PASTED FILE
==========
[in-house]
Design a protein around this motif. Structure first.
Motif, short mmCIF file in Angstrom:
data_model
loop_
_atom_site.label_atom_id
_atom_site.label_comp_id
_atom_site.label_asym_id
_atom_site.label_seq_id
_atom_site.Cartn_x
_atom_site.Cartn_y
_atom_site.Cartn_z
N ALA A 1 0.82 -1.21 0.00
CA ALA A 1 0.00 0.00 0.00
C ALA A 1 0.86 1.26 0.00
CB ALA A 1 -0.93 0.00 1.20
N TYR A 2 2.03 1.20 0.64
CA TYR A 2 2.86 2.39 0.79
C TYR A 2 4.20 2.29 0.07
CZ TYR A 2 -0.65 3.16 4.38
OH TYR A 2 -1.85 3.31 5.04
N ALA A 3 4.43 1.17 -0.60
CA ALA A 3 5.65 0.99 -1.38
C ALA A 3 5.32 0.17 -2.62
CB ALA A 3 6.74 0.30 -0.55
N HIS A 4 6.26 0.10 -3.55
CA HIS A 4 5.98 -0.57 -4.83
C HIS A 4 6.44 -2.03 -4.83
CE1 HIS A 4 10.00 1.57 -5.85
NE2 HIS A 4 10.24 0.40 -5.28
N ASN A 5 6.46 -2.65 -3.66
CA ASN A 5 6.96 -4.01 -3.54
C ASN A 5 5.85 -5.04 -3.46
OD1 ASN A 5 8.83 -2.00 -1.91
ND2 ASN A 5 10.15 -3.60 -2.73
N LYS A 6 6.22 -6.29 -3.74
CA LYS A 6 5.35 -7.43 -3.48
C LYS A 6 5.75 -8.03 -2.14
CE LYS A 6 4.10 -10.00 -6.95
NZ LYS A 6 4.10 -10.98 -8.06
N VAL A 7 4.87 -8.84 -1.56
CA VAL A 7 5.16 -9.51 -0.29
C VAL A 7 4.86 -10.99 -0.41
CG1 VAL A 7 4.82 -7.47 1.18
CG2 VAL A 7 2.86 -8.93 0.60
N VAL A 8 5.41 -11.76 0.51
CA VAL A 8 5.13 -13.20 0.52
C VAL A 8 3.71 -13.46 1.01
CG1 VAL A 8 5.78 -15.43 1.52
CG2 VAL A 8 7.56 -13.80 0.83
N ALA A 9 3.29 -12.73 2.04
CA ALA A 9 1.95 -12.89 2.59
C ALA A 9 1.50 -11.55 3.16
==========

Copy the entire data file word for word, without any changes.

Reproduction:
[in-house]
Design a protein around this motif. Structure first.
Motif, short mmCIF file in Angstrom:
data_model
loop_
_atom_site.label_atom_id
_atom_site.label_comp_id
_atom_site.label_asym_id
_atom_site.label_seq_id
_atom_site.Cartn_x
_atom_site.Cartn_y
_atom_site.Cartn_z
N ALA A 1 0.82 -1.21 0.00
CA ALA A 1 0.00 0.00 0.00
C ALA A 1 0.86 1.26 0.00
CB ALA A 1 -0.93 0.00 1.20
N TYR A 2 2.03 1.20 0.64
CA TYR A 2 2.86 2.39 0.79
C TYR A 2 4.20 2.29 0.07
CZ TYR A 2 -0.65 3.16 4.38
OH TYR A 2 -1.85 3.31 5.04
N ALA A 3 4.43 1.17 -0.60
CA ALA A 3 5.65 0.99 -1.38
C ALA A 3 5.32 0.17 -2.62
CB ALA A 3 6.74 0.30 -0.55
N HIS A 4 6.26 0.10 -3.55
CA HIS A 4 5.98 -0.57 -4.83
C HIS A 4 6.44 -2.03 -4.83
CE1 HIS A 4 10.00 1.57 -5.85
NE2 HIS A 4 10.24 0.40 -5.28
N ASN A 5 6.46 -2.65 -3.66
CA ASN A 5 6.96 -4.01 -3.54
C ASN A 5 5.85 -5.04 -3.46
OD1 ASN A 5 8.83 -2.00 -1.91
ND2 ASN A 5 10.15 -3.60 -2.73
N LYS A 6 6.22 -6.29 -3.74
CA LYS A 6 5.35 -7.43 -3.48
C LYS A 6 5.75 -8.03 -2.14
CE LYS A 6 4.10 -10.00 -6.95
NZ LYS A 6 4.10 -10.98 -8.06
N VAL A 7 4.87 -8.84 -1.56
CA VAL A 7 5.16 -9.51 -0.29
C VAL A 7 4.86 -10.99 -0.41
CG1 VAL A 7 4.82 -7.47 1.18
CG2 VAL A 7 2.86 -8.93 0.60
N VAL A 8 5.41 -11.76 0.51
CA VAL A 8 5.13 -13.20 0.52
C VAL A 8 3.71 -13.46 1.01
CG1 VAL A 8 5.78 -15.43 1.52
CG2 VAL A 8 7.56 -13.80 0.83
N ALA A 9 3.29 -12.73 2.04
CA ALA A 9 1.95 -12.89 2.59
C ALA A 9 1.50 -11.55 3.16